It is the start of November which, in the online book world, means the beginning of Non-Fiction November – a month long readathon-type thing that encourages readers to pick up more non-fiction books.
I tend to read a lot of non-fiction anyway so this isn’t going to be a huge leap for me but it’s still fun to see what other people turn to over the next 4 weeks.
November is also Native American Heritage Month. If you’re planning to take part in Non-Fiction November, now would be a good time to honour Native American Heritage Month and learn a few things about native American history and indigenous peoples. And even if you’re not taking part in Non-Fiction November, why not check out some really great native American fiction writers? I’m going to leave some recommendations (non-fic and fic) down at the end of this post.
For now, here’s my tentative Non-Fiction November TBR. On the blogosphere, Non-Fiction November is being hosted by Katie at Doing Dewey, Julie at JulzReads, Sarah at Sarah’s Book Shelves, Lory at Emerald City Book Review and Kim at Sophisticated Dorkiness. As the month goes on, I’ll be responding to whatever those hosts ask us in later blog posts.
Meanwhile, the Booktube hosts, Gemma at NonFic Books and Olive at ABookOlive, have come up with 4 categories (Love, Home, Substance, Scholarship) to try and put your books into. They’ve been left open to interpretation so I’ve tried to fit in what I can from my current TBR pile.
For almost 20 years, Virginia Woolf and Vita Sackville-West wrote letters to each other. The two shared a complicated relationship involving desire, love, idolatry, jealousy and anger. Their affair ended after Woolf’s novel Orlando was published (it was Virginia’s ‘biography’ of Vita) but they remained in contact until Virginia died in 1941. This has been really interesting to read so far and I love a good LGBT love story.
A bit of an unusual choice but Roald Dahl always reminds me of home. Not only is he a Welsh writer but my childhood was filled with his books so I can’t help but think of home (Wales) when I read his work. Boy is the first of Dahl’s autobiographies and, from what I remember, covers a lot of events in his childhood. I remember reading this in school at around the age of 12 and can remember very little so it’ll be nice to go back and revisit it.
Substance & Scholarship
I’m interpreting Substance and Scholarship in pretty much the same way. I’m hoping that the books I read for these categories are of substance and can teach me a few things.
Ohitika Woman is the follow-up memoir to Mary Crow Dog’s Lakota Woman, which I read a few months ago. In Lakota Woman, Mary takes us through her childhood, growing up as part of the Lakota people, and joining the American Indian Movement in their political protests in the early 70s. I found it absolutely fascinating and ordered the follow-up as soon as I finished it. I’m really excited to find out what happened to Mary later in life.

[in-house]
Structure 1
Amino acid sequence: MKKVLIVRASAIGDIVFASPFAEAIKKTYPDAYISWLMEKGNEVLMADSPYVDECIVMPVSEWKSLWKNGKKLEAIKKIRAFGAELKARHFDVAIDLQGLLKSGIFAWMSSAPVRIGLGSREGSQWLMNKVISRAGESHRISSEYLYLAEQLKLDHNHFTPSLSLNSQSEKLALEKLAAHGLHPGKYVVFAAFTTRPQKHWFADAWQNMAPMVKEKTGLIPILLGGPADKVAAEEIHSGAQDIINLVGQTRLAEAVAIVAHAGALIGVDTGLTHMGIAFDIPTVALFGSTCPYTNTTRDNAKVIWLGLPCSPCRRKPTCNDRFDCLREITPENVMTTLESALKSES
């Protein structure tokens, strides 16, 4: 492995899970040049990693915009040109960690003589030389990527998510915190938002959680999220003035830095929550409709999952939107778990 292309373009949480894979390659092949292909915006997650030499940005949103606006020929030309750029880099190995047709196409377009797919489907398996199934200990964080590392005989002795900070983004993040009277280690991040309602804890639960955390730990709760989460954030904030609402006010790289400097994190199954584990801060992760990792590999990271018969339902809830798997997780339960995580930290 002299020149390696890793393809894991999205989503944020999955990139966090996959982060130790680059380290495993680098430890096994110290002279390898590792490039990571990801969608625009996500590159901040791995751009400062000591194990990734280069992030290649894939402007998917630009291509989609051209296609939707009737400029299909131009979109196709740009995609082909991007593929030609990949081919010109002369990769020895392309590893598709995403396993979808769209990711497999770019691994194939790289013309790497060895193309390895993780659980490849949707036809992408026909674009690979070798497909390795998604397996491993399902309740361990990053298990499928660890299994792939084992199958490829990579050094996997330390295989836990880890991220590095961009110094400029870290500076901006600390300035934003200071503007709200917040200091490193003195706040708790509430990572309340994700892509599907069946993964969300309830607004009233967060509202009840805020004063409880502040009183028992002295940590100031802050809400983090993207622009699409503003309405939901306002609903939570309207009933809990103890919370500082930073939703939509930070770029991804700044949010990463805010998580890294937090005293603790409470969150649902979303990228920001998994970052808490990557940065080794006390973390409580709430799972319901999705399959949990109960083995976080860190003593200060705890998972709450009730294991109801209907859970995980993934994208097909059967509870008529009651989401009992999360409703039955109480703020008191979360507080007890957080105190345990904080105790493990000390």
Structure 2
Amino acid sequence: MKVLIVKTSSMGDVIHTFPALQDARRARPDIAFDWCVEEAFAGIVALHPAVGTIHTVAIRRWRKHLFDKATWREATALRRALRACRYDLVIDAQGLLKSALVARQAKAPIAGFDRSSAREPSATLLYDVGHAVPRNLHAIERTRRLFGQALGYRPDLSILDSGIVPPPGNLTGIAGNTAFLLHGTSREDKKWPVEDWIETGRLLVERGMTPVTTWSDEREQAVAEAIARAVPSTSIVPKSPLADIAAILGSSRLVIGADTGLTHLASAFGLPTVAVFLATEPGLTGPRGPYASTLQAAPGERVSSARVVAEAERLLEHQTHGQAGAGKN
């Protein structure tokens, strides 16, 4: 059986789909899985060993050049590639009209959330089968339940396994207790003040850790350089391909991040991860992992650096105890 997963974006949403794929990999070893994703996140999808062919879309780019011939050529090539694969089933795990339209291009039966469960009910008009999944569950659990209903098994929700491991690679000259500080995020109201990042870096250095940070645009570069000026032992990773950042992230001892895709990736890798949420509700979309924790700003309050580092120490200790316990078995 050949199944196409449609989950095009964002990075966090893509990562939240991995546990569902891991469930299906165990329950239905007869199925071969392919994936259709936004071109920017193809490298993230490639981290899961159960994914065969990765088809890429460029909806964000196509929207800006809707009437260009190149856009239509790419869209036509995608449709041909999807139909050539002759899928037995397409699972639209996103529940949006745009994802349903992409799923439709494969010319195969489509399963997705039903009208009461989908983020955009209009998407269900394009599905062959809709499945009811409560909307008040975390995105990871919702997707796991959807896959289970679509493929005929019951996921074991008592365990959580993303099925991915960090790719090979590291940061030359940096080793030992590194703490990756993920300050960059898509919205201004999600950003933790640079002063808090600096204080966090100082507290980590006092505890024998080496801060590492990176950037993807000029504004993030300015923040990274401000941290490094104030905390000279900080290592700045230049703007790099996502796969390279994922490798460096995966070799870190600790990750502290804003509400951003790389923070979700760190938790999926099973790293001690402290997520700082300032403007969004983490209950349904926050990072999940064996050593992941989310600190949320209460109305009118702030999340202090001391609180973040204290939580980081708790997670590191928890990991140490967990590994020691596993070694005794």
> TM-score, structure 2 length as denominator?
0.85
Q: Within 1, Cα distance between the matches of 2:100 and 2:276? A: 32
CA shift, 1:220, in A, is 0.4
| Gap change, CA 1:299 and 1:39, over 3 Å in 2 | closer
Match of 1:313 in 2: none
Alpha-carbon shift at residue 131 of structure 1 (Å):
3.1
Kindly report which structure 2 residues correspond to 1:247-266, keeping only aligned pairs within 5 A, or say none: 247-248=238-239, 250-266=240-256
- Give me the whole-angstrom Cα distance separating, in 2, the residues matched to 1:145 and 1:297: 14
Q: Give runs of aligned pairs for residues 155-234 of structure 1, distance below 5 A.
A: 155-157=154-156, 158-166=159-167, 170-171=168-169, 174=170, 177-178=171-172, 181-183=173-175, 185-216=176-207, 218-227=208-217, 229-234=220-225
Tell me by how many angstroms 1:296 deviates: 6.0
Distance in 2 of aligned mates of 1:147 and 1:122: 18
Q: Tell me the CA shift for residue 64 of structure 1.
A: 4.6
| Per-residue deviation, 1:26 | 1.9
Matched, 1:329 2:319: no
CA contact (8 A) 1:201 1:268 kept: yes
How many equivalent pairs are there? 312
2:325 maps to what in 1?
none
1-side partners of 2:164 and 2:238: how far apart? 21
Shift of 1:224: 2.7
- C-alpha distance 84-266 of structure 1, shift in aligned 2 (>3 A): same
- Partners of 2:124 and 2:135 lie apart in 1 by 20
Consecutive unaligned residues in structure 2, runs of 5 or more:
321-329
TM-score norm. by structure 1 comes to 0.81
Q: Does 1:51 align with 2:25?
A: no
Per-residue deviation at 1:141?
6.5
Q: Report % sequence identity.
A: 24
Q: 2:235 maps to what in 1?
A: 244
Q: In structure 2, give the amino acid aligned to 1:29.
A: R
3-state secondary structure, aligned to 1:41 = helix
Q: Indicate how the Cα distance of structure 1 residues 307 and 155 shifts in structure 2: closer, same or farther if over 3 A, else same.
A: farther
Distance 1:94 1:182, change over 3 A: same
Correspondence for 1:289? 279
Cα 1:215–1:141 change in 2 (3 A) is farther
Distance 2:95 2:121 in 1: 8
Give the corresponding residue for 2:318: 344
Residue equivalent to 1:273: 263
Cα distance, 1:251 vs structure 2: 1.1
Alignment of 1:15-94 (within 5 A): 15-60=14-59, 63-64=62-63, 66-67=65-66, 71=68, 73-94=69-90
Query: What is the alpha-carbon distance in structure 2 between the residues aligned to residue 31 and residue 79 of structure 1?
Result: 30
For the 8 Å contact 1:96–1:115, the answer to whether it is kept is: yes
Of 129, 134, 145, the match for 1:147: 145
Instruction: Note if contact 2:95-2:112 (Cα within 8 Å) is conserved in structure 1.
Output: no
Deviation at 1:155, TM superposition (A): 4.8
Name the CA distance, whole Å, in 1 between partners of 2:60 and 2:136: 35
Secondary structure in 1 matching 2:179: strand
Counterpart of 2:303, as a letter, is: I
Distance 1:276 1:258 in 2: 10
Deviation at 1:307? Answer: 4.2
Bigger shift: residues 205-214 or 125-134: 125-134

I ordered this a few months back. From what I can gather, this book looks at the relationship between Sitting Bull and his secretary, Catherine Weldon, a white woman artist who left New York in 1889 and travelled to Standing Rock with hopes of painting the warrior’s portrait. She ended up staying and helping Sitting Bull with his efforts to hold onto the land (as he couldn’t read or write English).
They’ve recently turned this story into a yet-to-be-released film with Michael Greyeyes and Jessica Chastain which I’m a little apprehensive about because we all know how much Hollywood loves white saviour stories (and if there’s one thing you don’t do with a man like Sitting Bull, it’s paint him as needing white help). I thought I’d give this book a go first to get the facts and then watch the film knowing the historical background.
And here is my TBR for Native American Heritage Month:
This is a YA novel following a teenage boy trying to balance life on the Tuscarora Indian Reservation and his friendships with the local white boys in the 1970s. I’m not usually one for YA but I’ve heard really good things about this. Plus the two main characters are apparently really into The Beatles so I am more than ready for that.
This is the first novel of James Welch and follows a young man searching for something that will bind him to the land of his ancestors while also being haunted by personal tragedy. I’ve been wanting to read James Welch’s books for the longest time and now is the perfect time to get into them.
Another James Welch, this time following the clash between the Pikuni Blackfeet people and the American settlers in the 1800s. I’ve read that this is a great piece of writing told from the viewpoint of one of the Blackfoot warriors as opposed to the usual whitewashed junk that’s been put out there.
This is a modern classic in Native American literature which I’m ashamed not to have read yet. This is the story of a man suffering from PTSD returning home from war to the Laguna Pueblo reservation and trying to find resolution.
I really like Sherman Alexie’s writing. I wasn’t hugely in love with his YA novel, The Absolutely True Diary of a Part-Time Indian like others were but I am a fan of his adult fiction and short story collections. You Don’t Have to Say You Love Me is his latest book, a memoir, detailing his childhood and the relationship he had with his parents. I’ve been waiting for my library to get this in and, finally, it’s arrived so I can’t wait to sink my teeth into it.
Further Book Recommendations for Native American Heritage Month: